Corbel, P. ; Bonhomme, Y. et Chomienne, H., Le rôle de la PI dans les relations entre laboratoires publics et industriels, rapport de recherche remis à l’ASPI (Association des Spécialistes en Propriété industrielle de l’Industrie), décembre 2009, 40 p.
While there are many studies that aim to assess the commercialization activities of universities and public research organizations, we are not aware of any study that aims to gain an in-depth understanding of the role of IP in the relationship between them and industry. This report is based on 14 interviews conducted with managers of technology transfer offices (TTOs) and in companies.
The first part of the report presents the context in which these partnerships take place, particularly in terms of IP. Companies expect the use of specialised skills to explore avenues that are too far upstream to be handled 100% by their R&D departments. The main purpose of registering IP rights, particularly patents, is to enable industrial firms to earn a retrun on the major investments that still have to be made to transform an invention resulting from an academic partnership into a marketable innovation. Of course, public research bodies also aim to make money from this, but this is not the primary goal.
TTOs were created to serve as intermediaries between the academic world and the industrial world. They carry out their role in a system of fairly strong constraints: pressure on technology transfer indicators, legitimacy to be built within the research organisations, limited resources and difficulties in balancing budgets. Pooling resources could be a solution but it is difficult to implement in a context where incentives associated with indicators rather leads to competition.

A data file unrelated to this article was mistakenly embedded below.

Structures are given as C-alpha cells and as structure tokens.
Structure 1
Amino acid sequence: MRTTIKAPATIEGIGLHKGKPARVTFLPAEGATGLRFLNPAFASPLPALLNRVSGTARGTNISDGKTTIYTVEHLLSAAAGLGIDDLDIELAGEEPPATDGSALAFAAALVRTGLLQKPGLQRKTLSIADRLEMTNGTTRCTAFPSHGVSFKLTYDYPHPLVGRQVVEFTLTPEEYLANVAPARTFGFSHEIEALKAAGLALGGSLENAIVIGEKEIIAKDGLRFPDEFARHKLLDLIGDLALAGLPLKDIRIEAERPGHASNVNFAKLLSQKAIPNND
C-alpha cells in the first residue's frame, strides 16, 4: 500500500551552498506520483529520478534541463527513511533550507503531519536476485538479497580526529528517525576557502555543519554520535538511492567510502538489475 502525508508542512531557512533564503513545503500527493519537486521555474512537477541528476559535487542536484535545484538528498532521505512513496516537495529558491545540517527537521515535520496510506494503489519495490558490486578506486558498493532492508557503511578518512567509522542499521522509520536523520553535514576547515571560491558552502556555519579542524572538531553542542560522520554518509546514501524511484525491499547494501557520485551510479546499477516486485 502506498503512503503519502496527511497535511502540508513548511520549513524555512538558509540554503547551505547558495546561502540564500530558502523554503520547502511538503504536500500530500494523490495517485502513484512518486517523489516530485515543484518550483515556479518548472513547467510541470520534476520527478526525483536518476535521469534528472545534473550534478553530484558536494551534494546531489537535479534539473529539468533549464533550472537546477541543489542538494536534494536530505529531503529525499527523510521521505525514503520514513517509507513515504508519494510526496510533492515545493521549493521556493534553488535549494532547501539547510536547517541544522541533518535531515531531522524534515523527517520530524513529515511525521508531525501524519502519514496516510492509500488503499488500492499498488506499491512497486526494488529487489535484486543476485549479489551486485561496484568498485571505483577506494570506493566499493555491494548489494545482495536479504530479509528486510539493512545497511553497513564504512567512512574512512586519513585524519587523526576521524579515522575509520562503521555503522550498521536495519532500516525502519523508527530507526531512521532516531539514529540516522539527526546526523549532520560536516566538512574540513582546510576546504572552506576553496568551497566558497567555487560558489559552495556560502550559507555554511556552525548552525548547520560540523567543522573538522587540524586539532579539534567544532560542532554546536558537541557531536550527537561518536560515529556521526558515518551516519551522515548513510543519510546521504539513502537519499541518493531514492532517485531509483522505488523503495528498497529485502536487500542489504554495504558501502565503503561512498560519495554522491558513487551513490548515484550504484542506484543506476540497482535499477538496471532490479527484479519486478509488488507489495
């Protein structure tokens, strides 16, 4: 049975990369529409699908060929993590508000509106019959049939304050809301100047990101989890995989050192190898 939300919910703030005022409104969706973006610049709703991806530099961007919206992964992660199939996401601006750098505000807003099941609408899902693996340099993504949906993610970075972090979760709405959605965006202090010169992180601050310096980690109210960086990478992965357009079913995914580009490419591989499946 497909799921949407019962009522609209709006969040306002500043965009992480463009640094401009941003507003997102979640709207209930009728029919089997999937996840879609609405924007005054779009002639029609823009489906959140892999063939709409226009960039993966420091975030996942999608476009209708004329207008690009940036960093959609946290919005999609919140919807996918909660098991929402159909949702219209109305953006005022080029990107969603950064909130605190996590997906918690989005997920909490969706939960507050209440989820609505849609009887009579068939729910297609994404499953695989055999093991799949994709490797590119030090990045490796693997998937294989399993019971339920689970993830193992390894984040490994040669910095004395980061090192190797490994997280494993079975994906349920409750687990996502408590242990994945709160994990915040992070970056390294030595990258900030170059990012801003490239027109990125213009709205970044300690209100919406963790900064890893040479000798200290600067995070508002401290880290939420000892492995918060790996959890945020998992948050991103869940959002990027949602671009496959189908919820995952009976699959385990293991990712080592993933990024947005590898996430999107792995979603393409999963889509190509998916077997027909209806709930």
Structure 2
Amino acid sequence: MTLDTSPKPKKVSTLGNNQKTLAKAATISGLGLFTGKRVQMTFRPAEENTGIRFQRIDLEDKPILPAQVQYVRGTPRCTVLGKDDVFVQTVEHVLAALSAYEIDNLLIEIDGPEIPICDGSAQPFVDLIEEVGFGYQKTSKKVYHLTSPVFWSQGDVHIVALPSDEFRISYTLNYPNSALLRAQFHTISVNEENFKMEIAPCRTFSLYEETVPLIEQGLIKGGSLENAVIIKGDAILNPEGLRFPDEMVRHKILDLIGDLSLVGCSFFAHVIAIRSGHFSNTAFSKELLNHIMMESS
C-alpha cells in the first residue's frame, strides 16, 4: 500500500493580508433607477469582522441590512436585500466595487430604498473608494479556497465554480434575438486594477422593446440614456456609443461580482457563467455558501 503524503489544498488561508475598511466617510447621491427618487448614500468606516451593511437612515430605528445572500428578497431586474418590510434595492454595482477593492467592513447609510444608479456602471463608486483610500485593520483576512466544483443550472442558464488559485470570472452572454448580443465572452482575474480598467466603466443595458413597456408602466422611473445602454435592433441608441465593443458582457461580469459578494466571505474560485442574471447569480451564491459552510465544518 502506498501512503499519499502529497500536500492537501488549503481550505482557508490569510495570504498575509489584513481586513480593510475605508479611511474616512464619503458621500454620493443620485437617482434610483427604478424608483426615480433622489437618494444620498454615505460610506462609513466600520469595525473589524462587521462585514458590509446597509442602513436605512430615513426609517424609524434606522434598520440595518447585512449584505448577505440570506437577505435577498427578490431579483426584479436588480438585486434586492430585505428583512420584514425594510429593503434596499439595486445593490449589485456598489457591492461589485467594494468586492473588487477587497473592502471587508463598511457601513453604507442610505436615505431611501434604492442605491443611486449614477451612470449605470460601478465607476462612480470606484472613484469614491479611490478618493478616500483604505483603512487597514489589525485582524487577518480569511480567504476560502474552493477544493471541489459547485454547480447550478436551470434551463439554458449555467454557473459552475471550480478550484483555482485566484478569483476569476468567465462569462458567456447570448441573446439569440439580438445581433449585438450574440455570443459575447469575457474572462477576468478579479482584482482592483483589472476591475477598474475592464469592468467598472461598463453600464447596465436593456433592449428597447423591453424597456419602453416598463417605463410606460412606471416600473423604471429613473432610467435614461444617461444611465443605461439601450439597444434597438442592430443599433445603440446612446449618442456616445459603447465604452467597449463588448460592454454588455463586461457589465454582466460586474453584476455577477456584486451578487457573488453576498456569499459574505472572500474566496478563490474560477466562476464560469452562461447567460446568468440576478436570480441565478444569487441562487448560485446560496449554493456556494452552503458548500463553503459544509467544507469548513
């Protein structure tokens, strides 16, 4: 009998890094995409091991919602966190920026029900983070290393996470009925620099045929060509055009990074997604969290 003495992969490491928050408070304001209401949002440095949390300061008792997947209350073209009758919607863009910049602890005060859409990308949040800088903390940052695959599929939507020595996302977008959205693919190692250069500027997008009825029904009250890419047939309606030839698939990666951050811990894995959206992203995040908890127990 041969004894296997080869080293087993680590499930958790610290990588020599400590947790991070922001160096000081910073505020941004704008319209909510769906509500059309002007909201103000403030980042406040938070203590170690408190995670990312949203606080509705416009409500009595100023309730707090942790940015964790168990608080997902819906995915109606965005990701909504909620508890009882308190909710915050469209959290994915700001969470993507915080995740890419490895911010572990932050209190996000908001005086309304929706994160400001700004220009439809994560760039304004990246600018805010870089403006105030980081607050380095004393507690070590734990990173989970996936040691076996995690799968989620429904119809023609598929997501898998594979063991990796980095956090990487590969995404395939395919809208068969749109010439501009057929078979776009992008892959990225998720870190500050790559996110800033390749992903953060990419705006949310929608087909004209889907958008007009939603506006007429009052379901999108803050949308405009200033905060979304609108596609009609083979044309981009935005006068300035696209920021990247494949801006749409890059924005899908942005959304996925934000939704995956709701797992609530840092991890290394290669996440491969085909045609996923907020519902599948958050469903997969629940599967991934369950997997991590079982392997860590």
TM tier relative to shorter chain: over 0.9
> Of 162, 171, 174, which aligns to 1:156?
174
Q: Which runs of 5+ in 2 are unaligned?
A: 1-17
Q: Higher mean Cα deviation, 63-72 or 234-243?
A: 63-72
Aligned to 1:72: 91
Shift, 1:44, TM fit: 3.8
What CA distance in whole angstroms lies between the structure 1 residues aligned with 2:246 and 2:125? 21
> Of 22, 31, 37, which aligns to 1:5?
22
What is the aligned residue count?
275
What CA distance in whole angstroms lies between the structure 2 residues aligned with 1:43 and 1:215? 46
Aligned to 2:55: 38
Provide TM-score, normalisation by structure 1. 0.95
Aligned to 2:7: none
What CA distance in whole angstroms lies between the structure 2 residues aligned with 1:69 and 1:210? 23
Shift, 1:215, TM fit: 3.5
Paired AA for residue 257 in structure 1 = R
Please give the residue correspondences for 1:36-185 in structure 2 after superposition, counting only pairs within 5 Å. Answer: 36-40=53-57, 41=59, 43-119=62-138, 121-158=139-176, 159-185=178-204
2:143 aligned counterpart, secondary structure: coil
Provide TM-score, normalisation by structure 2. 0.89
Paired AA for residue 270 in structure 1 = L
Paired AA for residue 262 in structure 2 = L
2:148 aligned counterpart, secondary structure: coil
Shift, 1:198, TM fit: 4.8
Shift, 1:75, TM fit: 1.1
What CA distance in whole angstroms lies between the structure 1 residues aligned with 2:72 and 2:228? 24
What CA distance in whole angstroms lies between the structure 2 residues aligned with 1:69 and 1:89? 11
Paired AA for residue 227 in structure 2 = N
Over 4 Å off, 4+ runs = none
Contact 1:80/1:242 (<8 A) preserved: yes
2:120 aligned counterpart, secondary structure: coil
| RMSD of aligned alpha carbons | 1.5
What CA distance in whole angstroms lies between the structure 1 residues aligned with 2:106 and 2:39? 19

Resistance to IP within public laboratories seems to be fairly limited and declining. The "IP culture" is not yet very well developed there, but the growing attention paid to it, the individual financial incentives (which have been widely criticised by interviewees for their perverse effects) and sometimes the attraction of setting up a company explain that this type of problem are taken increasingly into account. The publication/patent dilemma can be overcome, even if this requires a great deal of reactivity on the part of TTOs.
The second part details the nature of the relationship between public research organisations and industry, starting with the contractual aspects. From this point of view, co-ownership poses the most problems. However, most interviewees seem to be able to overcome these difficulties by drawing up a contract that allows the industrial firm a great deal of freedom in the exploitation of these rights.
Another difficulty is the definition of the level of royalties due to the sometimes indirect links between the patented invention and a product which often arrives on the market a long time later.
Company managers' satisfaction with the services themselves is fairly high (despite differences in working methods which may lead to misunderstandings). On the other hand, the difficulties and delays in negotiation, particularly with regard to IP, are often cited as the main limitations of these partnerships. These are probably made even more difficult by certain representations sometimes conveyed about the other party. However, several indications lead us to believe that these sometimes rather clear-cut representations tend to be nuanced as successful collaborations develop.